• Kendall Hills in summer bloom by Jeffrey Gibson

    Cuyahoga Valley

    National Park Ohio

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  • Temporary Bridge Installed at Brandywine Creek

    A temporary bridge has been installed over Brandywine Creek and visitors will be able to complete the Brandywine Gorge Trail, during good weather. The bridge may be flooded and impassable during heavy rains. Caution signs are in place. More »

  • Towpath Trail Closures

    Towpath Trail is closed from Mustill Store to Memorial Parkway for riverbank reinforcement. Detours posted. Closure will last 1 - 4 weeks into August. More »

  • Other Closures

    Valley Bridle Trail south of SR 303, across from golf course, is collapsed by river. Hard closure. Plateau Trail Bridge, north of Valley Picnic Area is closed. No detours. Plateau & Oak Hill trails are open. More »

  • Road Closures

    Quick Rd is closed from Akron Peninsula Rd to Pine Hollow Trailhead in Peninsula, from Wednesday, 7/16, for 6 weeks. Detours posted. Hines Hill Rd is closed from Tuesday, 7/29 through Tuesday, 8/12 for resurfacing from I271 to the Boston Township Line. More »

  • Riverview Road Repaving and Closure

    Riverview Rd is being repaved from the Cuyahoga-Summit Cty line to Peninsula through Mon, 9/15.Road is open with single lane closures. Riverview Rd is closed from Boston Mills Rd to the Cuyahoga Cty line starting Mon, 7/14 for for 3 weeks. Detours posted. More »

Invasive Plants

Natural resource managers consider invasive species one of the biggest threats to the health of natural habitats. Active control of these plants is necessary to keep national parks a refuge for native plants and animals.

What is a non-native invasive plant species?
Non-native plants are plants growing in an area where they do not naturally occur. Non-native plants have been brought to North America from other continents for use in agriculture, gardening, erosion control, and medicine, or simply by accident. For more information see the Invasive Plants site bulletin.

Many non-native plants are considered invasive. Invasive plants have the following characteristics: they reproduce rapidly, spread over large areas of the landscape, and have few, if any, natural controls, such as herbivores and diseases, to keep them in check. These plants displace native plants and may disrupt the local balance of nature. For example, Japanese honeysuckle may crowd out native shrubs, eliminating songbird habitat. Some native plants have also become invasive due to habitat changes caused by human land use.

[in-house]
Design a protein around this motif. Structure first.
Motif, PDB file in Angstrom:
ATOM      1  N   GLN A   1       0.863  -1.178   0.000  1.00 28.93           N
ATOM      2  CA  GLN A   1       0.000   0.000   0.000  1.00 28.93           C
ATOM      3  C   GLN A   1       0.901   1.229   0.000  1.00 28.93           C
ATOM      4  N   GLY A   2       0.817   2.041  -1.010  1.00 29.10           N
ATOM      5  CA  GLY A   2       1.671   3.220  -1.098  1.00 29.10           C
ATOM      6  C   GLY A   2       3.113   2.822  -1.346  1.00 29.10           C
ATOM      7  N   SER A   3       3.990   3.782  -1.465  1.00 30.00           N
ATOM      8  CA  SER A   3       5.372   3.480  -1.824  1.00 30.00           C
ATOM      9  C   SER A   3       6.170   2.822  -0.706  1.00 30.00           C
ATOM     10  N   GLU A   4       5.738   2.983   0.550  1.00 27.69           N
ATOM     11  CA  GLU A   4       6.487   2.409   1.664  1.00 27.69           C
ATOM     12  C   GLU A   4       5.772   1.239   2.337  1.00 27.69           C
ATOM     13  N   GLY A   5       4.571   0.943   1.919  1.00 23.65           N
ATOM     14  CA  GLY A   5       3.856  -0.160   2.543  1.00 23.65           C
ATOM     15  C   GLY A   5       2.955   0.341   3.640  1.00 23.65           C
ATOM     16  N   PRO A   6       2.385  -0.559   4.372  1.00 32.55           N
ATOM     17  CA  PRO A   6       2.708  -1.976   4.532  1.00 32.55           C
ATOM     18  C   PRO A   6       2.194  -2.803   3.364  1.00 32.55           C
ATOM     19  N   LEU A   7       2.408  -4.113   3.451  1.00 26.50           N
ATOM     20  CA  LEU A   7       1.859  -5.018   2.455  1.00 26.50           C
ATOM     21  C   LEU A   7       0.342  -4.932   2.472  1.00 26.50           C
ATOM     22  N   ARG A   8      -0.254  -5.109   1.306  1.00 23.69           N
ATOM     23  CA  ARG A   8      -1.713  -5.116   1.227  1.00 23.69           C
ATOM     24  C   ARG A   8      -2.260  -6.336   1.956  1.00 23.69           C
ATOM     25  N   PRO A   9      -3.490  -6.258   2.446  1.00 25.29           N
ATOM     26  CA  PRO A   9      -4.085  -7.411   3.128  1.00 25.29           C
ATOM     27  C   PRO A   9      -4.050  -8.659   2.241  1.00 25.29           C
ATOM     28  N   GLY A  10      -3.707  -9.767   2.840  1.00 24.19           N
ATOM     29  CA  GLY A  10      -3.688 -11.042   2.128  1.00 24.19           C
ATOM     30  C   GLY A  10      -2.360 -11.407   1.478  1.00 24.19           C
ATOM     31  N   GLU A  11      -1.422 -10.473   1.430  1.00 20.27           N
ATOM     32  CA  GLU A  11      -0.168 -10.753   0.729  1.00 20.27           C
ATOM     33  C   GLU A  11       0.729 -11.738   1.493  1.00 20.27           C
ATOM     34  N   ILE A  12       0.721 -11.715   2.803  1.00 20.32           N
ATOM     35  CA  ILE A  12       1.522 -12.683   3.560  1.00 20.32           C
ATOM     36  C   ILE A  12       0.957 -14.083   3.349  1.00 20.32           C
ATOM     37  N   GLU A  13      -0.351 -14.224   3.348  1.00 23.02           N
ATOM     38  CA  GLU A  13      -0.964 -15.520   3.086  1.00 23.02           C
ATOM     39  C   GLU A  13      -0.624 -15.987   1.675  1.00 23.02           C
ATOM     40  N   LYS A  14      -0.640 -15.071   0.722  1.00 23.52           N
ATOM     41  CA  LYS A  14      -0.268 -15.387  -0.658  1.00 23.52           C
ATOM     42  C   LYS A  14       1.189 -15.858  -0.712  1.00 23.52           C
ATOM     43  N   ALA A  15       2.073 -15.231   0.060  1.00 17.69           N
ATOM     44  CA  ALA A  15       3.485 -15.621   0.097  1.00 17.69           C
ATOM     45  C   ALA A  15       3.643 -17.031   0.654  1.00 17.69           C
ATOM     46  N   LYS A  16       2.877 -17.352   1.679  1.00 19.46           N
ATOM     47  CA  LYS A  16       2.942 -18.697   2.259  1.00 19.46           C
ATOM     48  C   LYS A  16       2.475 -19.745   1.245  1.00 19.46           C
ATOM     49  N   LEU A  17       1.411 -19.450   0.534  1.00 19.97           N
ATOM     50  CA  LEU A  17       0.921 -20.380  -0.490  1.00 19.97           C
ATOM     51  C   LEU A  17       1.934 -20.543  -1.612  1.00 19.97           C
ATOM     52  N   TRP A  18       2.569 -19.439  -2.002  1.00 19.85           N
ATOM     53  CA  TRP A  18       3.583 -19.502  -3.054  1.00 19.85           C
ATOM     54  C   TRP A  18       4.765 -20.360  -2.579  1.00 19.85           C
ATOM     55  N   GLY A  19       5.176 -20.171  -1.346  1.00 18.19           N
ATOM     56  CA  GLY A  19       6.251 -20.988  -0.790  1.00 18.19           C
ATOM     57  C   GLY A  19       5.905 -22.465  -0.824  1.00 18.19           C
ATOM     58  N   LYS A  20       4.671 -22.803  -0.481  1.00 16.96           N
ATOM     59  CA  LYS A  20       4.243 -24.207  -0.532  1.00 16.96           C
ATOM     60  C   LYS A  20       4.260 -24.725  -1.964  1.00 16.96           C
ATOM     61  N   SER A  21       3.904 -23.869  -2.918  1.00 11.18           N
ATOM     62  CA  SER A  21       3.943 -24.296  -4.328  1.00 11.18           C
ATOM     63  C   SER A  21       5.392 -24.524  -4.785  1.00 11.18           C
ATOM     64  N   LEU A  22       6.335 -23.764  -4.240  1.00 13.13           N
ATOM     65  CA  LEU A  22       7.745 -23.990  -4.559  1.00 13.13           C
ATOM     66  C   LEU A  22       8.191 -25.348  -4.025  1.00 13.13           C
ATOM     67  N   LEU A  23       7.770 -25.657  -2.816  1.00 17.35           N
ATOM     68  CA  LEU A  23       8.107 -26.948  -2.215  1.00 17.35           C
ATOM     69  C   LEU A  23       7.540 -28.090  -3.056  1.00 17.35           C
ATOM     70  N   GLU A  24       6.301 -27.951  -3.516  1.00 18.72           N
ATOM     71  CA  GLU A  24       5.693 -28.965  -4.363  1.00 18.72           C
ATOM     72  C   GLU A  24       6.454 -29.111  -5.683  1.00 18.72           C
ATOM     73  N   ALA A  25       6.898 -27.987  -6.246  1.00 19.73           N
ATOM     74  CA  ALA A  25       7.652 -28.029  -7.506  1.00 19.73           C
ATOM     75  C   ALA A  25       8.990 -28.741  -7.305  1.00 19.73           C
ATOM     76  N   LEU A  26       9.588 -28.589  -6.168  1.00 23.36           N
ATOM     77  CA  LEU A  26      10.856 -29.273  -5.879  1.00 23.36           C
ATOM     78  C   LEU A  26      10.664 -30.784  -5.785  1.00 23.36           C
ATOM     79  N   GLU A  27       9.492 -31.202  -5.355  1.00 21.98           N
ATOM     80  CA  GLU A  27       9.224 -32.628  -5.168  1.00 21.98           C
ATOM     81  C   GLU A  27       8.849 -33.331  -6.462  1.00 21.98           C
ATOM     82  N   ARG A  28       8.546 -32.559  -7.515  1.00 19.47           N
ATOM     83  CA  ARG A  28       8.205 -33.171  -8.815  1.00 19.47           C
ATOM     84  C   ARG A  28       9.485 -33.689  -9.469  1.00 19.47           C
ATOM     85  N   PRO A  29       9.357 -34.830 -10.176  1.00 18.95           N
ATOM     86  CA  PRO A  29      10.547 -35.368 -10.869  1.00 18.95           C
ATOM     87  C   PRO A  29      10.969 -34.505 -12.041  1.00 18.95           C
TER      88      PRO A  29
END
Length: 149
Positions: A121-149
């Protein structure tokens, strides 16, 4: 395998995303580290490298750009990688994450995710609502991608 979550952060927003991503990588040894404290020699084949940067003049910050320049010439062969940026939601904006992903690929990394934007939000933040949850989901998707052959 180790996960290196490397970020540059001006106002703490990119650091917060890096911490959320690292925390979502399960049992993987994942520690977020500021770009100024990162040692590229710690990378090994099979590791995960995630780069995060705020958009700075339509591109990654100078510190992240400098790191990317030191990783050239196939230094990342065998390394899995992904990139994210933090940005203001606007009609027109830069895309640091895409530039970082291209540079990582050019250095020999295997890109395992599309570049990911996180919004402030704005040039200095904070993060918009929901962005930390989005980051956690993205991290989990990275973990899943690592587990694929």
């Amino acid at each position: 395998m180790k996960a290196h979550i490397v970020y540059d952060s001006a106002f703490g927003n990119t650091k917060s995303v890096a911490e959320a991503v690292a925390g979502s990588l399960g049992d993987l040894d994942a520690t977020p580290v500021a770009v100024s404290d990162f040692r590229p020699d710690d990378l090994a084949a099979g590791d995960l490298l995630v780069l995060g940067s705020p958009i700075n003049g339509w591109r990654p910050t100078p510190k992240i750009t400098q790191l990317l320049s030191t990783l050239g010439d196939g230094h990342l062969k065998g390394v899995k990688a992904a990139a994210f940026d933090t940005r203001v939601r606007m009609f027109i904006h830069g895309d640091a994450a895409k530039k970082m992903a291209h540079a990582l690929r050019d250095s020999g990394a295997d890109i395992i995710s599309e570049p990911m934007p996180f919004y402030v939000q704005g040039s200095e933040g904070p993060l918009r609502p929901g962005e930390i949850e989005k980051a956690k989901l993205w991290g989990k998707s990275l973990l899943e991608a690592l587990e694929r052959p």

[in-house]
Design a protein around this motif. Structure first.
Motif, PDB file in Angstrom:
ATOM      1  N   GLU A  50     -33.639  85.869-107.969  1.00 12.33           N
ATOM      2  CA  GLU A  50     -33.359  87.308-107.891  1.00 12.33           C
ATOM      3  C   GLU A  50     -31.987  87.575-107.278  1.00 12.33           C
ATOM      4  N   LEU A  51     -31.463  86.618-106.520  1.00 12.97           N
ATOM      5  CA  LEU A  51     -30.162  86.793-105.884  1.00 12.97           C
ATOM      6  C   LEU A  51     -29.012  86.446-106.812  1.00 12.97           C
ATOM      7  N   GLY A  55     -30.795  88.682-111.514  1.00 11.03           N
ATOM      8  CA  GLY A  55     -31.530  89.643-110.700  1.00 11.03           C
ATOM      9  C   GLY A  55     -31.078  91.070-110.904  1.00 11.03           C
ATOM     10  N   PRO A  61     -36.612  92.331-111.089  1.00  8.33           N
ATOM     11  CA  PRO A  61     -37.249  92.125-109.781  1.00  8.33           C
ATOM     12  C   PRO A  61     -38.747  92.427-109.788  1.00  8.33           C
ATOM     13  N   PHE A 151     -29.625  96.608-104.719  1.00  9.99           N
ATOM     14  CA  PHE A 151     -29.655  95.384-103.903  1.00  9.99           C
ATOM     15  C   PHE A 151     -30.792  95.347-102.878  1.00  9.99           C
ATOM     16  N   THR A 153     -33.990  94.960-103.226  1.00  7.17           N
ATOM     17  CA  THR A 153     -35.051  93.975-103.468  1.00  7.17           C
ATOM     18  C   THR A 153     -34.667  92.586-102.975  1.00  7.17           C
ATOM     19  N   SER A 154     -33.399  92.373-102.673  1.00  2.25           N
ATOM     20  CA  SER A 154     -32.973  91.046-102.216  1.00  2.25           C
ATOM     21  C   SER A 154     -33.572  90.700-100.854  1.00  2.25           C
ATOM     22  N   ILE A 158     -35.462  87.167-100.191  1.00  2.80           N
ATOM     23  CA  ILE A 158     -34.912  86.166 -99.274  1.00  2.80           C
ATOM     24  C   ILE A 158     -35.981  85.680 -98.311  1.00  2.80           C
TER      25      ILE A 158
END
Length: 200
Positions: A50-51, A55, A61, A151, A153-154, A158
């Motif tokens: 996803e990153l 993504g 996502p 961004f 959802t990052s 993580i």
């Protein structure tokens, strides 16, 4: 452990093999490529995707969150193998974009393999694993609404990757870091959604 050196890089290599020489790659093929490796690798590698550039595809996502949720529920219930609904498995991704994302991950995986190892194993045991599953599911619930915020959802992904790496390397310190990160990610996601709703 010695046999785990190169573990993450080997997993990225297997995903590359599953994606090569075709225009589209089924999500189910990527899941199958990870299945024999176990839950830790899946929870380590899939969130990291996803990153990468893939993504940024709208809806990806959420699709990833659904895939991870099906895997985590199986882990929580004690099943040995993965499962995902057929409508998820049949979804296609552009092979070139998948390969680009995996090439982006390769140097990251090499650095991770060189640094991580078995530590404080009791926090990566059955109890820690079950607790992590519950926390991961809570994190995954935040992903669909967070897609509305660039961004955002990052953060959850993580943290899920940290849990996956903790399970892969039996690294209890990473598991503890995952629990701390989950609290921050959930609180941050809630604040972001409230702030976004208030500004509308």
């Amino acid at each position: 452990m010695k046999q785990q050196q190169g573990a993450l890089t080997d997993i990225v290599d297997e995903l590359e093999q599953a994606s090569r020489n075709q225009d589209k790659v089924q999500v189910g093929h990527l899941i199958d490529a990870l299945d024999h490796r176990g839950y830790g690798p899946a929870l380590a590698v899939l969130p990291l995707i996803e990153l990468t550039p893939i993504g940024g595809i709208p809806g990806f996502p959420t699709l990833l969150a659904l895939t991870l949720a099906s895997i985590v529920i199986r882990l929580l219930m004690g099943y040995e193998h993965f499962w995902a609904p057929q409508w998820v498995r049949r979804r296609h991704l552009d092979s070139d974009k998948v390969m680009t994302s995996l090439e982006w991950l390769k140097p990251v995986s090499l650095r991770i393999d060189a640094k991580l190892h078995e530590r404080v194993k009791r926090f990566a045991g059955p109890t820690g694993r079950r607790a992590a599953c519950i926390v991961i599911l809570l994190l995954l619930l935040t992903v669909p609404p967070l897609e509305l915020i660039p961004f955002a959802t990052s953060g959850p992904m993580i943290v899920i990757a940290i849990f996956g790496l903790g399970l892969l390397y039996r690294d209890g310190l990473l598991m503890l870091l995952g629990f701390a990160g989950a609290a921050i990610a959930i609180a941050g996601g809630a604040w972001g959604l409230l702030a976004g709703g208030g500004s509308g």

Which plants are considered invasive in Cuyahoga Valley National Park?
Currently, 16 non-native plants are considered to be invasive within the park. These plants invade a broad range of habitats, from forests and meadows to wetlands and disturbed roadsides. Click on the common names for more information about each plant.

Scientific Name Common Name
Elaeagnus umbellata autumn olive

Rhanmus cathartica, R. frangula

buckthorns

Lonicera maackii, L. morrowii, L. tatarica bush honeysuckles
Phragmites australis common reed
Alliaria petiolata garlic mustard
Berberis Thunbergii Japanese barberry
Lonicera japonica Japanese honeysuckle
Polygonum cuspidatum Japanese knotweed
Rosa multiflora multiflora rose
Typha angustifolia narrow-leaved cattail
Ligustrum vulgare privet
Lythrum salicaria purple loosestrife
Phalaris arundinacea reed canary grass

Where can I find more information?
More extensive information about invasive species on public lands is available from the U.S. Department of Agriculture. In addition, the Ohio Department of Natural Resources has invasive plant fact sheets specific to this state.

How are we addressing the invasive plant problem?
Cuyahoga Valley National Park is developing a volunteer-based, long-term exotic plant monitoring and controlling program. This program features the adoption of sections of the park by volunteers who are trained to look for and control invasive plants. It is a great chance for volunteers to experience the lesser known areas of the park while helping to conserve our native plant communities. If you are interested in participating in this program, please contact Chris Davis, Park Botanist. Visit the Exotic Plant Management Volunteer Program web page to learn more.

Did You Know?

Image of Civilian Conservation Corps statue outside Happy Days Visitor Center.

During the Great Depression, the "boys of Company 567" of the Civilian Conservation Corps helped shape the landscape that would later become Cuyahoga Valley National Park by constructing buildings, playfields, and a lake, as well as planting over 100 acres of trees.